On a recent day in Seattle’s South Lake Union, a hardhat-clad construction worker directed traffic away from two noisy concrete trucks’ churning payloads. Flocks of tech workers surrounded entrepreneurial food trucks while others took workplace-welcome dogs for a lunch-hour stroll.

A taxi driver trawled the streets for ride-seekers who hadn’t already hailed a Lyft or Uber. At Amazon Go on Boren Avenue, shoppers entered the store with QR codes, gathered packs of batteries, chocolate-chip cookies and other essentials and walked out, purchases recorded, no clerk needed. At an alcove stocked with beer and wine, a lone employee checked IDs.

On this 125th anniversary of Labor Day as a national holiday, the nature of work has changed beyond what early celebrants could have imagined. When President Grover Cleveland set aside the first Monday in September to honor the American laborer, work nearly always yielded something tangible — a shirt, a railroad car, a load of ore or a bushel of grain.

The second Industrial Revolution’s birth of mechanization and mass production was a time of upheaval. Waves of rural migrants and millions of immigrants moved from farms or overseas homelands to find work in booming cities. Hours were long, conditions brutal, wages impossibly low.

It would take decades for American society to fully adapt to this rapid transformation, for regulation, labor unions and custom to tame the wild impulses of industry. But gradually, a new equilibrium was established, a common understanding of and expectations for work. Children moved from factory floors to classrooms. The 40-hour workweek was established. Laws passed and regulations written to shore up the system’s weaknesses and soften inequalities — a process that continues to this day, even on the brink of another seismic shift.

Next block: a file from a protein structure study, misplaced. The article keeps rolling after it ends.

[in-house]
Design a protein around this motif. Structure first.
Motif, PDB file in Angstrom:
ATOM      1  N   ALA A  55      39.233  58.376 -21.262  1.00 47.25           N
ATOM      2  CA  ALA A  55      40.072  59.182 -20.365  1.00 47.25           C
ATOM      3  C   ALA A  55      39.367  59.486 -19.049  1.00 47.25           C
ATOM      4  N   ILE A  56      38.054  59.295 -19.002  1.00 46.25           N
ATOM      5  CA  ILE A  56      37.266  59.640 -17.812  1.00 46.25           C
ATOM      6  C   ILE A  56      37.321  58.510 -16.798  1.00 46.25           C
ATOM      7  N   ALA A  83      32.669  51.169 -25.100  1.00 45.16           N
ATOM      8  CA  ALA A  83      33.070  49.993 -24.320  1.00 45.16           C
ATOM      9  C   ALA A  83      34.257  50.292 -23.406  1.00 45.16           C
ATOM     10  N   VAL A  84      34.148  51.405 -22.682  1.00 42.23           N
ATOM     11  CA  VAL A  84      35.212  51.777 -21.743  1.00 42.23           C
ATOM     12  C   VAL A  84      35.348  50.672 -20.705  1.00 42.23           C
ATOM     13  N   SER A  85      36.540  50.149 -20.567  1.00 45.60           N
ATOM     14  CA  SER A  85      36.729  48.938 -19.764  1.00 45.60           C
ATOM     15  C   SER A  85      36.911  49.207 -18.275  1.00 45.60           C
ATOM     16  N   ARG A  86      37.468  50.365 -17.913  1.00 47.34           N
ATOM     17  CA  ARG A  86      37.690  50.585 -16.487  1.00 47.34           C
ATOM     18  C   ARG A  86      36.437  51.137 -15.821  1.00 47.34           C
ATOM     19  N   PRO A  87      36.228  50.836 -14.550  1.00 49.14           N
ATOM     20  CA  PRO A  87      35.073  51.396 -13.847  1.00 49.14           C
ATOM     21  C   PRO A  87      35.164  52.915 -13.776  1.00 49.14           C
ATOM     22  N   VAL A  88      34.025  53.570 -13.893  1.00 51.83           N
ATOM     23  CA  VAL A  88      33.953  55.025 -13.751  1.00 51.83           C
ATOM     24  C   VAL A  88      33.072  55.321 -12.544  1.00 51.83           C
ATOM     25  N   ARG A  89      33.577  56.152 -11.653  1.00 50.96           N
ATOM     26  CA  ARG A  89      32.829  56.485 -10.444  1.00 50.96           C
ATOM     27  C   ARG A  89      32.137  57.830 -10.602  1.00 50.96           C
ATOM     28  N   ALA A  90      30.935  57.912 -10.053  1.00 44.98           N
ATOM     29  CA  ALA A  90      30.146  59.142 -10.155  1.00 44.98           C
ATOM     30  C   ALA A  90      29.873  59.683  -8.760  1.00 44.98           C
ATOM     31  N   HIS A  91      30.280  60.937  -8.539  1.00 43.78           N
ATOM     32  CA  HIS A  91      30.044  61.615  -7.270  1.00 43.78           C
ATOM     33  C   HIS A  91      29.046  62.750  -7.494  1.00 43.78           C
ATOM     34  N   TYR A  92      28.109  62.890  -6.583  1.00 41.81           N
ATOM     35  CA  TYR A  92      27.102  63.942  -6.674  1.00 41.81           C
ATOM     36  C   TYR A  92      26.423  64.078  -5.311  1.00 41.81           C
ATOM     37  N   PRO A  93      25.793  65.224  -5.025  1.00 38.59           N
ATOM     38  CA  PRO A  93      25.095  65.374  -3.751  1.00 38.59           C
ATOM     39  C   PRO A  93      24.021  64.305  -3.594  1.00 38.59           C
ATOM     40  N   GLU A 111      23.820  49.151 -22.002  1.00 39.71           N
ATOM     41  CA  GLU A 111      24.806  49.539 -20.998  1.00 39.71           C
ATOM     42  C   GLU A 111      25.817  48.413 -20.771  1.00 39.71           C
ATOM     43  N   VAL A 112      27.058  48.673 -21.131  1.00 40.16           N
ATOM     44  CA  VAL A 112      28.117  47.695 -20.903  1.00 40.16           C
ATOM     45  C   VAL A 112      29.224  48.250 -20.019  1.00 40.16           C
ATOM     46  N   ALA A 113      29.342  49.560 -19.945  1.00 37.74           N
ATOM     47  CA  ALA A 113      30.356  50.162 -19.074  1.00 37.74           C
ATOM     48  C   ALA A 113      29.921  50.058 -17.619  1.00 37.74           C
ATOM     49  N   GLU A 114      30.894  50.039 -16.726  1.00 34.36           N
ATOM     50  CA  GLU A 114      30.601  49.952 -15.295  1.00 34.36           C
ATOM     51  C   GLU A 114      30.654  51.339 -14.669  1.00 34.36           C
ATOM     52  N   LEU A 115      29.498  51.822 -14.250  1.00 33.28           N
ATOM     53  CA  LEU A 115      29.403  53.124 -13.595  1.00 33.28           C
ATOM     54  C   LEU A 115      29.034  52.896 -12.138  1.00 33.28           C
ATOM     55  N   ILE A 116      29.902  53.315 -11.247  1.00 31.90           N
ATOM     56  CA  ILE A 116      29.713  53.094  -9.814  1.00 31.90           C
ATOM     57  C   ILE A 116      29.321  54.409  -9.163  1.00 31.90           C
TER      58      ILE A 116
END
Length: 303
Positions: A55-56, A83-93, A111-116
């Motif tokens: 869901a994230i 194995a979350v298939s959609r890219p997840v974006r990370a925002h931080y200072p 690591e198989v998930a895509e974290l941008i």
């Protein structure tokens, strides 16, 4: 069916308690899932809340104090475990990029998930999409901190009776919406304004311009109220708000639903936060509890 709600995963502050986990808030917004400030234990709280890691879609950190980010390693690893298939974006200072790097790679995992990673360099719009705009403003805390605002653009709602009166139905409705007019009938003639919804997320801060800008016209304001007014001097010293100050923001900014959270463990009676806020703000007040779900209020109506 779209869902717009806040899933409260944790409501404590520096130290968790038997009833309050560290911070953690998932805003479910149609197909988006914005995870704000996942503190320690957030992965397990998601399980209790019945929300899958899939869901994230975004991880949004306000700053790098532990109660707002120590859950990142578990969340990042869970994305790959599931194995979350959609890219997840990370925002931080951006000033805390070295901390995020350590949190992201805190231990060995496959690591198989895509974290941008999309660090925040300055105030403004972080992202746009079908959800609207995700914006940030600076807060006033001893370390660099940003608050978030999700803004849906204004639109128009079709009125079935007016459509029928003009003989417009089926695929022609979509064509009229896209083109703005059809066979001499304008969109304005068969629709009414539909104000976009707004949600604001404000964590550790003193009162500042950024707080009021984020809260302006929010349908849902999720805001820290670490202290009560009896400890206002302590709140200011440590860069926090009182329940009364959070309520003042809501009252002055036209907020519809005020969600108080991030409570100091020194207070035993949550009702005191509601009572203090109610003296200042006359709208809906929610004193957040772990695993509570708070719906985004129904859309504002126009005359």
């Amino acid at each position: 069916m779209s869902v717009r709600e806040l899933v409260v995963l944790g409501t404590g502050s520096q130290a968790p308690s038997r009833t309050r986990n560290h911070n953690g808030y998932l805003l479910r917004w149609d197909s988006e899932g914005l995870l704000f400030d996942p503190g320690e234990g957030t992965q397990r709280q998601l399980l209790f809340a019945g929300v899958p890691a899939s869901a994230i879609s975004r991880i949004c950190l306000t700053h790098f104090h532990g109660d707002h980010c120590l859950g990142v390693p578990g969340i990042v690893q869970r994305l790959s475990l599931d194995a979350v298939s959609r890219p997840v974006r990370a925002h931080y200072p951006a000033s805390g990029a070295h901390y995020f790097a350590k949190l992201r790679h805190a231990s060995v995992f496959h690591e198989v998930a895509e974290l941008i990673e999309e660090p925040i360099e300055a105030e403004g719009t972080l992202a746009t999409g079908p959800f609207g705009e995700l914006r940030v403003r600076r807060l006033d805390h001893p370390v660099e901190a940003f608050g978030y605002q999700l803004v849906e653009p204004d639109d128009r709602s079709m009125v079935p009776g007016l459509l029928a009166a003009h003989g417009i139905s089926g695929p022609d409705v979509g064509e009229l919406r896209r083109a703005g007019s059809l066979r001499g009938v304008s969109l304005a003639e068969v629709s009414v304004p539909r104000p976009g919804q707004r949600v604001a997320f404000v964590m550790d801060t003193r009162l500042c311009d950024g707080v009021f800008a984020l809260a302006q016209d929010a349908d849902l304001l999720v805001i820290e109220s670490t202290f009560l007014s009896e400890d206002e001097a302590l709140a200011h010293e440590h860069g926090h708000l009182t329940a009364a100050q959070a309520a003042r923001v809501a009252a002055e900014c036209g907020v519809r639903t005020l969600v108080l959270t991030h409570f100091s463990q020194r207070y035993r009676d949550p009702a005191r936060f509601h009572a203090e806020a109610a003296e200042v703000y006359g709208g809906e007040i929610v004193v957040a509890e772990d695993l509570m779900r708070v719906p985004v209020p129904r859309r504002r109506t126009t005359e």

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Automation, data and artificial intelligence are redefining human job descriptions, which themselves are influenced by consumer demand, and workers’ shifting qualifications and expectations. Confronted with the environmental and economic consequences of a century’s rapid growth, industry leaders are rethinking benchmarks of success. The Puget Sound region leads in this transformation, as a walk through South Lake Union — or any number of neighborhoods — attests. This historical moment can be as unsettling as it is exciting.

This uncertainty would resonate with laborers of the 19th century, as mind-boggling as the particulars might be. The way forward is similarly simple: Muster the creativity, adaptability and full engagement of workers, employers, educators and policymakers to navigate our changing economy. Work to create the opportunities and safeguards that will lead to ample meaningful, self-sustaining and fulfilling opportunities for generations to come.